At Last, Someone Invented Innovation!

And it appears to be catching on. Google "innovation conferences" and 28.7 million listings come up. That's a lot of innovating...or conferencing. When I think of all the decades and millennia before innovation was discovered, as it has been now, as a distinct thing, the mind boggles at all the opportunity lost. Why, we might have had new ways of communicating, of traveling, of producing food, of caring for our neighbors in times of need! No more steamboats and almshouses for us.

I work in, and write about, the civic sector, or the social sector or the nonprofit sector, however you choose to refer to it. Like people in all sectors, we are called upon, and call upon, ourselves to innovate. It's the clarion call du jour, along with "transformation" maybe, and what I have to say applies to both innovation and transformation.

Whenever a business imperative like innovation reaches a feverish pitch, it becomes a fad, and fads tend not to have depth or staying power. Innovation is such a big deal in the civic sector (nonprofits and partners doing society's work) that the White House hosts a Social Innovation Fund. It's modest but influential and everyone in the sector wants its attention, even more so than the attention we have sought for innovation funding from foundations for over a century.

The possibilities for innovation, even in the civic sector, are so diverse and wide-ranging that the SIF has had to narrow its scope to certain kinds of innovations, just as foundations have increasingly done over the years. And the decision must be made: do we want innovation or do we want proven practices, because evidence-based practice is sometimes a countervailing wind that folks in the civic sector are also expected (and typically want) to catch? So, is it innovation if something is a proven practice but just not adopted on a very wide-scale? That's when innovation is not so much innovation as "scaling," a term that in this context has nothing to do with fish.

Innovation, it seems to me, has become diminished by its faddishness. I question whether it and transformation are things in their own right or whether they have their own purposes. Both innovation and transformation are means to ends. They may each have sequences and trajectories that can be followed. For example, the American Public Human Services Association, the organization of public human service organizations, has a framework for the progression of transformative initiatives from airing the idea to wide-scale adoption.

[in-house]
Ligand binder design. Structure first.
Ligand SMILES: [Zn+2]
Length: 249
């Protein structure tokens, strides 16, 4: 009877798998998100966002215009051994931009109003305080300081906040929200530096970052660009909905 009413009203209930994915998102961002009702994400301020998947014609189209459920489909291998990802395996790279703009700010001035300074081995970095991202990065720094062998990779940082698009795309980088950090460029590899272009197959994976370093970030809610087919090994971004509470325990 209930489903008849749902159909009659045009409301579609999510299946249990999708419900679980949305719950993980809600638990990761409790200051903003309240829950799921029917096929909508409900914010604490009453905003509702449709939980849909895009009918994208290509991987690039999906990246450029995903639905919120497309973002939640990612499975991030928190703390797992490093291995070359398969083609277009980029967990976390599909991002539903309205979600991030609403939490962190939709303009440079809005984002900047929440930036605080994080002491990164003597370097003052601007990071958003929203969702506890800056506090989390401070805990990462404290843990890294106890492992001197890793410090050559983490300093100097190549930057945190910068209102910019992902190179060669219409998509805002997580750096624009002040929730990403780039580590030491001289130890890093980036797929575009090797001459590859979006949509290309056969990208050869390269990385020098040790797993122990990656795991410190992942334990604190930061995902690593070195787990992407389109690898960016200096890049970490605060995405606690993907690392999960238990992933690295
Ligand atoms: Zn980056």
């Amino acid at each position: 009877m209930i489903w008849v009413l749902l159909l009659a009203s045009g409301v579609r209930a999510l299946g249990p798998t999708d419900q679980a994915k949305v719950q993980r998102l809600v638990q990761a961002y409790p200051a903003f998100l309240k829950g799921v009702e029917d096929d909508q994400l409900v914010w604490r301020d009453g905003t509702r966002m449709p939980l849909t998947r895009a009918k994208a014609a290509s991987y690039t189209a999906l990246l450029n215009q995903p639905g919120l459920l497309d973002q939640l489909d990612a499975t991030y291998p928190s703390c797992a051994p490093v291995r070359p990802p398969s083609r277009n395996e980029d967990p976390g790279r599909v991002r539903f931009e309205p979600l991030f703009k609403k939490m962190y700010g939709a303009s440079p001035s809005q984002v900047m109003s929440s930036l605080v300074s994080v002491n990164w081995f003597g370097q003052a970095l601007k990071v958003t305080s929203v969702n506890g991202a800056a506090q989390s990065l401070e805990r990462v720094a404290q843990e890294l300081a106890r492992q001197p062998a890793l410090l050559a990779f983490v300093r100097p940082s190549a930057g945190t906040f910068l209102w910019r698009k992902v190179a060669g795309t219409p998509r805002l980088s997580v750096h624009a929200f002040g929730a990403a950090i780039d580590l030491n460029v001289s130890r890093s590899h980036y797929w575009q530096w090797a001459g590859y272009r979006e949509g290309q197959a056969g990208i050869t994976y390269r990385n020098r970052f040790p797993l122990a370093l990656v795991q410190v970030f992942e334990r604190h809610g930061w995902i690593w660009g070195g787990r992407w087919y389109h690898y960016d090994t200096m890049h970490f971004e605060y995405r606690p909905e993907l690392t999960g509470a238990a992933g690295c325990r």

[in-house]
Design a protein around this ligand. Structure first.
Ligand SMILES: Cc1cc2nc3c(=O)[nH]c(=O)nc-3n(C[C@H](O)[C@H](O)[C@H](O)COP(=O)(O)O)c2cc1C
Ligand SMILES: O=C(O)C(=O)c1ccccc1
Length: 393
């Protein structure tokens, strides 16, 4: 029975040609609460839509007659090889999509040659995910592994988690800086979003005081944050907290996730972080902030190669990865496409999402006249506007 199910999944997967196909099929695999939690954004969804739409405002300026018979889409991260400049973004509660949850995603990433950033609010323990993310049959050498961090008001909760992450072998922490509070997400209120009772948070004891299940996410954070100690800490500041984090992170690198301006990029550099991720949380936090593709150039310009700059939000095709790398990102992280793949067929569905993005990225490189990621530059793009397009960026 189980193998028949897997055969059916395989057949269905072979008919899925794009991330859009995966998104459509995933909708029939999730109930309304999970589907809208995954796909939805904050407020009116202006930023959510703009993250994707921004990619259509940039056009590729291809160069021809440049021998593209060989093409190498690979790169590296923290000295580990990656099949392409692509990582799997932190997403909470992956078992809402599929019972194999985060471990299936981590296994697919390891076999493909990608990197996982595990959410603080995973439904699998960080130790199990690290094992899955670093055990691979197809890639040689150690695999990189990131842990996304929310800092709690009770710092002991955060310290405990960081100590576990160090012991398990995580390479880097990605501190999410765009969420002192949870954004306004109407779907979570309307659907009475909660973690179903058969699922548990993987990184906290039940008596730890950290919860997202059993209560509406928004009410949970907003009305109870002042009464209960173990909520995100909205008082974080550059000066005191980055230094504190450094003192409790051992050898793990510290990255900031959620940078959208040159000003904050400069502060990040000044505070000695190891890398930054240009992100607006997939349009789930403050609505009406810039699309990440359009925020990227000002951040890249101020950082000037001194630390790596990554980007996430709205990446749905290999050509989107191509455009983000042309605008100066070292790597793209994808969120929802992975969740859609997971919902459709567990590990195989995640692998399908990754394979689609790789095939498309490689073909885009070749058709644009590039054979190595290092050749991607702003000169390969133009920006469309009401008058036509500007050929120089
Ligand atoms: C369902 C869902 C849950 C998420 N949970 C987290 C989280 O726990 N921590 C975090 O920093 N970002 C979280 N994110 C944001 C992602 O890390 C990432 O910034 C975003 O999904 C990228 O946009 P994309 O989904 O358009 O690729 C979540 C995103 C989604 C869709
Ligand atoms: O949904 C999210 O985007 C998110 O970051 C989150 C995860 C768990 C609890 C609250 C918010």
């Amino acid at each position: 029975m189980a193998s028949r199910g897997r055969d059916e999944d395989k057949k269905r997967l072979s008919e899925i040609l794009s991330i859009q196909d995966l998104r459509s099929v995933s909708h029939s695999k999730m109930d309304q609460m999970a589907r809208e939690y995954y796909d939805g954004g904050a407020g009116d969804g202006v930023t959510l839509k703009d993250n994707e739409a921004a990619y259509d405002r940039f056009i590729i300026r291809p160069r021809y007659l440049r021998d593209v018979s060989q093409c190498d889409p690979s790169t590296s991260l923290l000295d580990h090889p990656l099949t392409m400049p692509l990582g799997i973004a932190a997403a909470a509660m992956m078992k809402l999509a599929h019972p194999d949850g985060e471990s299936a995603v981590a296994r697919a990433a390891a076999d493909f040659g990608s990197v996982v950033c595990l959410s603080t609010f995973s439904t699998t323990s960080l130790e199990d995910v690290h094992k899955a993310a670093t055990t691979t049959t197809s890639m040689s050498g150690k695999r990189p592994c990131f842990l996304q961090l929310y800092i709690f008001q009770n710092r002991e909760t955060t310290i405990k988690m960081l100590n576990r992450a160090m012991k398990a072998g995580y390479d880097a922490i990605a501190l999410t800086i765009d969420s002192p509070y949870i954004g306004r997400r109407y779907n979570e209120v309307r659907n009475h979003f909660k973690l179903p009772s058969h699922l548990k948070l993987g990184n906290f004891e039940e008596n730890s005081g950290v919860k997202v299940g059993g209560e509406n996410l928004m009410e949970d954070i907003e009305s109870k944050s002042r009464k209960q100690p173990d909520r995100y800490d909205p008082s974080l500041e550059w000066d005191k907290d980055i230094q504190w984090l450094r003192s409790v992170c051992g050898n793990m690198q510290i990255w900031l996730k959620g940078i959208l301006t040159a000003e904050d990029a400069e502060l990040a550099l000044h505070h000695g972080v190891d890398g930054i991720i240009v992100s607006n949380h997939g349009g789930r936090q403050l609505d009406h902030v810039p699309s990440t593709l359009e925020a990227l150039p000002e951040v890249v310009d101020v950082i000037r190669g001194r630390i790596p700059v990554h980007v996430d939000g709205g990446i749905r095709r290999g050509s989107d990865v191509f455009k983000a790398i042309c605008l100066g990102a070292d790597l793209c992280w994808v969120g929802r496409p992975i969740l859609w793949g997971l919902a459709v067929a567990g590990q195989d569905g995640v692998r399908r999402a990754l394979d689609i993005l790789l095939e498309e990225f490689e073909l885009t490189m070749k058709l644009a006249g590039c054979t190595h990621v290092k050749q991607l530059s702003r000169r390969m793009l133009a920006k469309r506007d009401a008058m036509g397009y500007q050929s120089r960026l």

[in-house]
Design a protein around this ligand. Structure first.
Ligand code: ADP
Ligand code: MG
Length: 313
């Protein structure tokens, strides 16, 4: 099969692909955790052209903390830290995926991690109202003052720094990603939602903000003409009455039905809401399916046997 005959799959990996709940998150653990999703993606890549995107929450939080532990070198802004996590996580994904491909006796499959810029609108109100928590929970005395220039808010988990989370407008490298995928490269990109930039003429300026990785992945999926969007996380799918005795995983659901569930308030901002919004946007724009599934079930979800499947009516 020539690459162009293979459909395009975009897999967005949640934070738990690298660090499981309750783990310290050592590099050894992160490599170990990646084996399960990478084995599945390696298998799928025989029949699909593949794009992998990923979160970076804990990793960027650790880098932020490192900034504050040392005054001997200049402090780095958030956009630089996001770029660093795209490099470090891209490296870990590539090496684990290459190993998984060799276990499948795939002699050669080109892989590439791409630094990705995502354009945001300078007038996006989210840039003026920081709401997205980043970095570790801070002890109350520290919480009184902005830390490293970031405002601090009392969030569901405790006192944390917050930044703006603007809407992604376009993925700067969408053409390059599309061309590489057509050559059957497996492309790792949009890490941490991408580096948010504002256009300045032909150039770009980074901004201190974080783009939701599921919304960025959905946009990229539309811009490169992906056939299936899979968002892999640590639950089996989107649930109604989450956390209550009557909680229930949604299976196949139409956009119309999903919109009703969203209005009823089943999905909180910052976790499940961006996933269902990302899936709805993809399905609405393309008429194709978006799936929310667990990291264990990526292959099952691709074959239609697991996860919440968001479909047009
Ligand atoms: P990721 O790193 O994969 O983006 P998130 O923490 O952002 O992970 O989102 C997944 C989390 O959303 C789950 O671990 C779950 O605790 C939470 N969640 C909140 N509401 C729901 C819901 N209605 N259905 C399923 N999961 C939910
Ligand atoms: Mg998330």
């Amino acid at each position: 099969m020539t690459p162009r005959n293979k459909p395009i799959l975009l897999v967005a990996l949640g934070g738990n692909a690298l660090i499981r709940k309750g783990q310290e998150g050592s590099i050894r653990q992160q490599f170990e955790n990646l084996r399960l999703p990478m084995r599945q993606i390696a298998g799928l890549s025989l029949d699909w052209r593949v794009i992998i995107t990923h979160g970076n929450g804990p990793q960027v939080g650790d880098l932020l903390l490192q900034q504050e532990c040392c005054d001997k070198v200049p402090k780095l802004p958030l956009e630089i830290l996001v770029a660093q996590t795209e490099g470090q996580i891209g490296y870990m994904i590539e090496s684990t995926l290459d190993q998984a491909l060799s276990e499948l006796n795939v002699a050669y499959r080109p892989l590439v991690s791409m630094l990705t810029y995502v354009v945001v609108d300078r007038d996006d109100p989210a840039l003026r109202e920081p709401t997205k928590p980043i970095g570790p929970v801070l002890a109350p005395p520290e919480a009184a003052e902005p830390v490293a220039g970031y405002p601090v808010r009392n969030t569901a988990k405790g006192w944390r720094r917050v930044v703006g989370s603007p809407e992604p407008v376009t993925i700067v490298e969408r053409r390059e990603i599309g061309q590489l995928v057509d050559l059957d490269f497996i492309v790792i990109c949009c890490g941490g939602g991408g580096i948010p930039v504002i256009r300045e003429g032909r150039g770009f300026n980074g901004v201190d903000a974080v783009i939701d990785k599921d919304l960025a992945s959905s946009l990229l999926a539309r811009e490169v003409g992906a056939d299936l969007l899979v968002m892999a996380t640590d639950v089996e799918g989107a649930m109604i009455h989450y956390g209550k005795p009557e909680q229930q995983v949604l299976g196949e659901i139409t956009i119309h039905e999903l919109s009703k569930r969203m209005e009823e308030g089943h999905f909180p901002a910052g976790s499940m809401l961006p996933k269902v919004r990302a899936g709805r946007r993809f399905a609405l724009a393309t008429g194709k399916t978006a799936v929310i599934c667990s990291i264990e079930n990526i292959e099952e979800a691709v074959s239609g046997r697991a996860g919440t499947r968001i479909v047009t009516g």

Social impact financing is a case in point of the difference between what has taken hold in the minds of some--a fad--and what is genuine innovation. In social impact financing, capital is loaned by the government or the private sector to an entity and then presumably paid back, perhaps with interest, as a result of savings or other income generated. Jon Pratt of the Minnesota Council of Nonprofits reported at a recent conference that there is a groundswell of interest in social impact financing at business schools and among government leaders and other funding sources when the practice of social impact financing has only occurred in a couple of instances and has not yet played out to its full conclusion (i.e., where the need was met, better and/or more efficiently and initial capital was paid back).

What this observer and practitioner of the civic sector arts is railing against is the trivialization of the notion of innovation. Aside from invention, which the human race seems to need and excel at, isn't innovation in business, technology, government and the civic sector just part of the job? Every teacher, communication worker, social worker, business person, and public servant is always looking for better and more effective ways of doing his or her job or the work of their employer, aren't they? And if they're not, shouldn't they be?

The process engineers speak of continuous improvement, which is still a very good concept, albeit one that suggests incremental change. While incremental change is valuable, sometimes we need major paradigm shifts. Will that happen where we as a society need it most if the charge to all parties is: go forth and innovate in any way on anything?

Innovation to what end? Transformation to what end? Those questions are not that hard to answer. People in an industry and the consumers of its products or services know what needs to be improved, replaced or fixed. To pick a personal example, as the adult child of an aging parent, I am getting a pretty darned good sense of where innovation or improvements are needed in our collective approach to helping our loved ones live out their lives--from improvements, like acknowledging that seeing and hearing are so fundamental that Medicare should cover glasses and hearing aids, to innovation, like communities where older people can either live in familiar surroundings or otherwise interact with people of all generations and not just other old people.

So here is my simple suggestion...take innovation out of the realm of the trendy and superficial and consciously weave it into the fabric of all work and be smart about it, focusing on the things that need most to be changed--incrementally or dramatically, but lastingly.